They shook hands, and as everyone said hello, Daisy herded the growing group toward the dining room and the refreshments she had prepared. As she gathered their jackets and purses, she couldn’t help noticing that, aside from Jack who never wore anything other than jeans, her friends had disregarded her request to keep the party informal. Both Mike and Brett wore suits and ties, while Alicia, Lydia, and Cathleen put Daisy to shame in a rainbow of cocktail dresses. She was sure they had dressed up to impress the guest of honor, and now Daisy found herself wishing she had done the same. She left them for a second to place their belongings in the guest bedroom, listening to the continuing discussion.
“I believe in seers,” Jack said again “I’m just not sure anyone can do what this guy says he does. I’m not sure anyone needs to know their future, either.”
When she returned, Daisy was pleased to note that eager hands had reached for hors d’oeuvres and wine glasses. She smiled and nodded graciously when wine and amuse-bouche were praised, happy that her efforts at playing hostess were appreciated. She still felt underdressed, however. As the conversation returned to topics that had been discussed ad nauseam the last few times they had met, her eyes flitted toward the master bedroom. She might find an appropriate dress in the closet there. Should she change?
“What about the seers who help the police find missing persons?” Alicia said. “They’re telling the future, and it’s a good thing!”
“And how about the one that predicted all those earthquakes?” Mike pointed out, raising his glass as though toasting the woman they had all seen on television.
With a slight shake of her head, Daisy focused on the discussion. She had no reason to dress up for someone she claimed was a fraud, after all. “How about all the earthquakes she didn’t predict?” she said. “Or all the other catastrophes that happen every day without anyone being warned?”
“Keep it up, and I’m going to start feeling guilty.”
She started at the words and turned to find that Sam Woods had arrived, along with her last three guests.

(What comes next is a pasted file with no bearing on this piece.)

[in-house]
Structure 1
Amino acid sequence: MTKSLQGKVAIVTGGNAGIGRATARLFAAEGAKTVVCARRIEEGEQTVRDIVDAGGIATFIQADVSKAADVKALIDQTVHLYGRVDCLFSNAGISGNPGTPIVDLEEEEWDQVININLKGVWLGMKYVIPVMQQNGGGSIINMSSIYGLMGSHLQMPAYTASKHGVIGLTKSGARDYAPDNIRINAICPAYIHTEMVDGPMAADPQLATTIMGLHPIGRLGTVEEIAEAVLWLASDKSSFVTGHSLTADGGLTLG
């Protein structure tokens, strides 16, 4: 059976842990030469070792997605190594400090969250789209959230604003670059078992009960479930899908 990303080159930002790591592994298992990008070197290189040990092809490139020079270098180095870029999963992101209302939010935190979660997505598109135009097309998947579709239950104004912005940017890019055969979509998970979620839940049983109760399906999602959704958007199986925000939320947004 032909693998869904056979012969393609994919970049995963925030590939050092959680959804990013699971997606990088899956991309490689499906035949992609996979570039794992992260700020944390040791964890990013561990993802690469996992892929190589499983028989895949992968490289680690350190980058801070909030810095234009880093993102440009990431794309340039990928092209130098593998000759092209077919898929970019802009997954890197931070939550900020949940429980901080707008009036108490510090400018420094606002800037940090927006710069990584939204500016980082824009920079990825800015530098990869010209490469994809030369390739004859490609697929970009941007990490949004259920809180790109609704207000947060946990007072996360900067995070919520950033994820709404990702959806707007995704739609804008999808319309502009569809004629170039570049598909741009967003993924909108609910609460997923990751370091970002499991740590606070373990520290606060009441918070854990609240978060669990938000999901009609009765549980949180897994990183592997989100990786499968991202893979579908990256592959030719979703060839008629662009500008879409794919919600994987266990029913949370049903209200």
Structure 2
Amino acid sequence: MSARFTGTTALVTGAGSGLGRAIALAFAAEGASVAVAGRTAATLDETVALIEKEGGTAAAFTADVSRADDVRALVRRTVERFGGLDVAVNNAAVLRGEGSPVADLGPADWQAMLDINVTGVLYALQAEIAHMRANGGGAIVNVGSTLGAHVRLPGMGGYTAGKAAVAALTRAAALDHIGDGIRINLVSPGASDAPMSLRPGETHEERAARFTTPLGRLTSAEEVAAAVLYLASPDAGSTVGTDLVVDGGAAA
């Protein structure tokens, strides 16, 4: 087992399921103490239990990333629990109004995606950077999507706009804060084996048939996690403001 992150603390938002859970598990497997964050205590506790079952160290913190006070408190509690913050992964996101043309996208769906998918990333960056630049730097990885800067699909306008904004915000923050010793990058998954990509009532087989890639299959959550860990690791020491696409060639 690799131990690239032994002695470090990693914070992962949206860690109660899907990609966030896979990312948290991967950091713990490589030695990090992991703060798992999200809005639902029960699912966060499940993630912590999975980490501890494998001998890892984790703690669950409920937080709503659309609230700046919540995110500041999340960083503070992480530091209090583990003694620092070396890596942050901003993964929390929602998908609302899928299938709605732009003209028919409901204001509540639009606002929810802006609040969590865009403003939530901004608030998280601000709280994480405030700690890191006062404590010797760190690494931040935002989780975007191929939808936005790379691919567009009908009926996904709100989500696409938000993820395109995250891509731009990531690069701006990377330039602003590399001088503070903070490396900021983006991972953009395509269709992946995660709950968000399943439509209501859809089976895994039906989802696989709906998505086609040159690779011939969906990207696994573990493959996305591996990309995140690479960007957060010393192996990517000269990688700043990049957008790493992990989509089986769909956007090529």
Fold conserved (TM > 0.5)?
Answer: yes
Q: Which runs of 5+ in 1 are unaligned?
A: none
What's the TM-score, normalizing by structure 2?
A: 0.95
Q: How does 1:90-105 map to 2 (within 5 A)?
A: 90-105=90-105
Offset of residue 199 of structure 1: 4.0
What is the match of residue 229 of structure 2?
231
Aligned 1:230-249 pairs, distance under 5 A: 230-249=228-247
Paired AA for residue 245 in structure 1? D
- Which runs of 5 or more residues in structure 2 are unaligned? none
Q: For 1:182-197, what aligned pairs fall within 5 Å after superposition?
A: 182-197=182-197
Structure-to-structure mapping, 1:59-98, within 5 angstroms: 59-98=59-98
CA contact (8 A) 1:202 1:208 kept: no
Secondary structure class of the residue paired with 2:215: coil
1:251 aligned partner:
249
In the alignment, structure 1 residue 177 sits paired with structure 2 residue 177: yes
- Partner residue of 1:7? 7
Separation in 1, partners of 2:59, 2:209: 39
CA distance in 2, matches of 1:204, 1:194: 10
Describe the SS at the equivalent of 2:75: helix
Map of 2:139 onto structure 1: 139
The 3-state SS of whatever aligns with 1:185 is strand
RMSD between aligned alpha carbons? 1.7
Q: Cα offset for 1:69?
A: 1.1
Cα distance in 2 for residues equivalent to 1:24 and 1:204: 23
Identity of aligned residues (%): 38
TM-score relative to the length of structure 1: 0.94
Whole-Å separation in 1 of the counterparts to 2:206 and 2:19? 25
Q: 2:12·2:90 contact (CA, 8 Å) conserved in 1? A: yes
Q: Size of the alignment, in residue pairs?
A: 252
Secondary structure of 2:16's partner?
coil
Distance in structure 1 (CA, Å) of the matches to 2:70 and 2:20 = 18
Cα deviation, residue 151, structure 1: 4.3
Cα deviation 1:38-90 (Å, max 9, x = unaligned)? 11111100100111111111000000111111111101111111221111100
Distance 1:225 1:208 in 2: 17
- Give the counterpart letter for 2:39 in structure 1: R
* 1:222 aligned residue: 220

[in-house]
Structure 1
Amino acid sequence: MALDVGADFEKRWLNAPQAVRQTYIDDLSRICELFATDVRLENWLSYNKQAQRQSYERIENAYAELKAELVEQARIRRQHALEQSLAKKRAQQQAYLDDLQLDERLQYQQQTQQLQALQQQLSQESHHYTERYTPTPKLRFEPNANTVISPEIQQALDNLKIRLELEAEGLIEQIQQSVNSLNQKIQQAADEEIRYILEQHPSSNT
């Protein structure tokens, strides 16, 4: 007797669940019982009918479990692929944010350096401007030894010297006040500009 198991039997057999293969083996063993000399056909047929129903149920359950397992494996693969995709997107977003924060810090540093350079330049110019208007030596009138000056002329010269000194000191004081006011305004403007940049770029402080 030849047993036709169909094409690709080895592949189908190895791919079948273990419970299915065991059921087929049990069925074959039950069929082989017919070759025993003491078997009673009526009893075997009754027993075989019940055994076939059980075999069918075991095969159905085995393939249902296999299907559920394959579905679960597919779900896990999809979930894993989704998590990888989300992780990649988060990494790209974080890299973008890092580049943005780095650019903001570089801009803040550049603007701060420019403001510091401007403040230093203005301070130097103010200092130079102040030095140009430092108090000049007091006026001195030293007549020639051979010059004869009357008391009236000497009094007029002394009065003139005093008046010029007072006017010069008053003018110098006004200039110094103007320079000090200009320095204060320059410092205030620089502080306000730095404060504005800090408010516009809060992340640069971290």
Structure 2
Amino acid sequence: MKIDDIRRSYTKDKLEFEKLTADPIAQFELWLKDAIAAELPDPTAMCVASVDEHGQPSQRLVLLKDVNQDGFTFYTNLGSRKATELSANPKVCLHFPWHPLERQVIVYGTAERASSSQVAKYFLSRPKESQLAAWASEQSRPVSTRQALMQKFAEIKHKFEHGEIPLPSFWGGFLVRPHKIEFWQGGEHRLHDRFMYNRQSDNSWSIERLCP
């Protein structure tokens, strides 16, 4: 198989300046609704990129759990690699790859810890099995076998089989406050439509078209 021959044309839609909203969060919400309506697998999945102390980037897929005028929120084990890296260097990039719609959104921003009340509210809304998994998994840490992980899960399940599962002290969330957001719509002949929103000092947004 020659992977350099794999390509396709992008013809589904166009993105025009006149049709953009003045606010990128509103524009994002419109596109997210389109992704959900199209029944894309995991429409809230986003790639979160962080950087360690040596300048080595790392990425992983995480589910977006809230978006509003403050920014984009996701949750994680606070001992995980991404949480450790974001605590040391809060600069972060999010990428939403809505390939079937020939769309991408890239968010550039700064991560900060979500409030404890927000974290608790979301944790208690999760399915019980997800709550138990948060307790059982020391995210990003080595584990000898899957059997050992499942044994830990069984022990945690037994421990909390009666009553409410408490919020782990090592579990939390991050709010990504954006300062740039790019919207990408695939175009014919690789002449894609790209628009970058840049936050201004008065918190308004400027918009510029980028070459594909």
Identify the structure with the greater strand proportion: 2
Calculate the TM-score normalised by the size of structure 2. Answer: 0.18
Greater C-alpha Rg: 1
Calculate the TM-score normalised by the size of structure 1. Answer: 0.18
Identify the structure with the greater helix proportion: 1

“Well, maybe you should,” she said. Heat was rising in her cheeks, but she ignored it, pretending to herself that it was just the wine. “It’d be far more useful if you could tell us if one of us will have a car accident or where to invest for our retirements. What you do—”
“I didn’t choose this gift,” Woods said. Cathleen handed him a glass, and he accepted it with a nod of his head without taking his dark eyes off Daisy for more than a second. “I don’t choose what to see. It’s just there.”
Forgetting the people around them, forgetting that she had asked him to come precisely to tell them about their futures, she gave him a hard look. “And you could let it stay there. We’re not talking life or death.”
He took a sip of wine, then smiled. “Ah, but my dear Daisy, we’ve had this argument before. Sometimes love is a matter of life or death.”
Daisy was about to respond—they had argued about this before, and she had had more than enough time to come up with the perfect answer. Lydia stopped her, however, resting a gentle hand on her shoulder. Daisy tensed at the unexpected contact.
“Daisy, come on, you’re going to make him mad, and then he won’t… What do you call what to do, Mr. Woods?”
From the corner of her eye, Daisy saw Jack’s features harden. He didn’t like the innocent smile Lydia was offering Woods. Truth be told, and it shocked Daisy to realize it, neither did she.
“Just Sam, please.” Woods smiled back at Lydia. Then, making eye contact with everyone, he looked at the ten people now gathered around him. Ten was the maximum he could do in an evening, he had told Daisy when she had approached him about doing this for her friends. “And usually I call it showing. Because that’s pretty much what I do. I show you a moment of your future. Not just any moment, but the key instant that will shape your relationships for the rest of your life.”
“Show us?” Joan, one of the latecomers, said with a small frown. “Like… a vision?”
She sounded skeptical but intrigued. Daisy didn’t know why Joan would even want to hear about her love life when she was happy with Brad and seemed so sure that her future would be spent with him. Even now, they were holding hands; Daisy sometimes wondered if they had ever let go since Joan had invited Brad to their senior prom.
Woods nodded. “Vision is a good enough word. You won’t just be watching, though. You’ll live it. You’ll become the person you’ll be in a year or ten or whenever this moment in time is. You’ll forget that you’re not there yet; you’ll know everything you need to know to deal with that situation.”
… continued in First Vision of Destiny – Alicia